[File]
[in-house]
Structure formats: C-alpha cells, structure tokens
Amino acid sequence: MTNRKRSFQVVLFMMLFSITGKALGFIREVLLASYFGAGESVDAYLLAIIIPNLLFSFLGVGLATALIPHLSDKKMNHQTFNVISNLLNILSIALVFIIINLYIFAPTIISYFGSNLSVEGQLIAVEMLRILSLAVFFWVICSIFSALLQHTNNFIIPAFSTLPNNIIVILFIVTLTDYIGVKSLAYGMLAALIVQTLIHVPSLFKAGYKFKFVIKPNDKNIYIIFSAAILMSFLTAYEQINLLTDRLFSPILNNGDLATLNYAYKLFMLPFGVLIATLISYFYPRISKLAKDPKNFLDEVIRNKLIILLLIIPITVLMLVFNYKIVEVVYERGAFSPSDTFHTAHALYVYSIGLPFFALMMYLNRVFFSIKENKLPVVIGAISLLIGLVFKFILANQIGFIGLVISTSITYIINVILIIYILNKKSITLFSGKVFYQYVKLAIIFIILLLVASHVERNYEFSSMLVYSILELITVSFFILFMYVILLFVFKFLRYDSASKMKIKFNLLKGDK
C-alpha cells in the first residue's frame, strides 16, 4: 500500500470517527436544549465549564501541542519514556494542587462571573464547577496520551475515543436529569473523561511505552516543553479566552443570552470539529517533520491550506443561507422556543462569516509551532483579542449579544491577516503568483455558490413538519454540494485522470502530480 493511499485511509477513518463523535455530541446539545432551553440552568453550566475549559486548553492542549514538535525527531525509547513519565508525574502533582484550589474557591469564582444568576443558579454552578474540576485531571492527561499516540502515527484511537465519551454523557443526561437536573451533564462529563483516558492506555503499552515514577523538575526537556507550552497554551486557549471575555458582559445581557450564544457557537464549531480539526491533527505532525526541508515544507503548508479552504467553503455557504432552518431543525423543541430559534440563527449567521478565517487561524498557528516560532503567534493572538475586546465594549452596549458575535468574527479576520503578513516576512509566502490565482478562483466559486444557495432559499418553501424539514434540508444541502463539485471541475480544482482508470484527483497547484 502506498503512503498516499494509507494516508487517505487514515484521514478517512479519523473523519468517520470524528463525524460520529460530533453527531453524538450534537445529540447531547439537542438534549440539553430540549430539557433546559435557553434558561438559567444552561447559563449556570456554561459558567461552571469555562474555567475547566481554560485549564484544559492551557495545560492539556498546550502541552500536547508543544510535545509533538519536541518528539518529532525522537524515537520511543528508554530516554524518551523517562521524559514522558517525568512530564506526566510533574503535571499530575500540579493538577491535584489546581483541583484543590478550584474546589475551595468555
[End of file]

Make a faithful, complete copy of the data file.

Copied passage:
[in-house]
Structure formats: C-alpha cells, structure tokens
Amino acid sequence: MTNRKRSFQVVLFMMLFSITGKALGFIREVLLASYFGAGESVDAYLLAIIIPNLLFSFLGVGLATALIPHLSDKKMNHQTFNVISNLLNILSIALVFIIINLYIFAPTIISYFGSNLSVEGQLIAVEMLRILSLAVFFWVICSIFSALLQHTNNFIIPAFSTLPNNIIVILFIVTLTDYIGVKSLAYGMLAALIVQTLIHVPSLFKAGYKFKFVIKPNDKNIYIIFSAAILMSFLTAYEQINLLTDRLFSPILNNGDLATLNYAYKLFMLPFGVLIATLISYFYPRISKLAKDPKNFLDEVIRNKLIILLLIIPITVLMLVFNYKIVEVVYERGAFSPSDTFHTAHALYVYSIGLPFFALMMYLNRVFFSIKENKLPVVIGAISLLIGLVFKFILANQIGFIGLVISTSITYIINVILIIYILNKKSITLFSGKVFYQYVKLAIIFIILLLVASHVERNYEFSSMLVYSILELITVSFFILFMYVILLFVFKFLRYDSASKMKIKFNLLKGDK
C-alpha cells in the first residue's frame, strides 16, 4: 500500500470517527436544549465549564501541542519514556494542587462571573464547577496520551475515543436529569473523561511505552516543553479566552443570552470539529517533520491550506443561507422556543462569516509551532483579542449579544491577516503568483455558490413538519454540494485522470502530480 493511499485511509477513518463523535455530541446539545432551553440552568453550566475549559486548553492542549514538535525527531525509547513519565508525574502533582484550589474557591469564582444568576443558579454552578474540576485531571492527561499516540502515527484511537465519551454523557443526561437536573451533564462529563483516558492506555503499552515514577523538575526537556507550552497554551486557549471575555458582559445581557450564544457557537464549531480539526491533527505532525526541508515544507503548508479552504467553503455557504432552518431543525423543541430559534440563527449567521478565517487561524498557528516560532503567534493572538475586546465594549452596549458575535468574527479576520503578513516576512509566502490565482478562483466559486444557495432559499418553501424539514434540508444541502463539485471541475480544482482508470484527483497547484 502506498503512503498516499494509507494516508487517505487514515484521514478517512479519523473523519468517520470524528463525524460520529460530533453527531453524538450534537445529540447531547439537542438534549440539553430540549430539557433546559435557553434558561438559567444552561447559563449556570456554561459558567461552571469555562474555567475547566481554560485549564484544559492551557495545560492539556498546550502541552500536547508543544510535545509533538519536541518528539518529532525522537524515537520511543528508554530516554524518551523517562521524559514522558517525568512530564506526566510533574503535571499530575500540579493538577491535584489546581483541583484543590478550584474546589475551595468555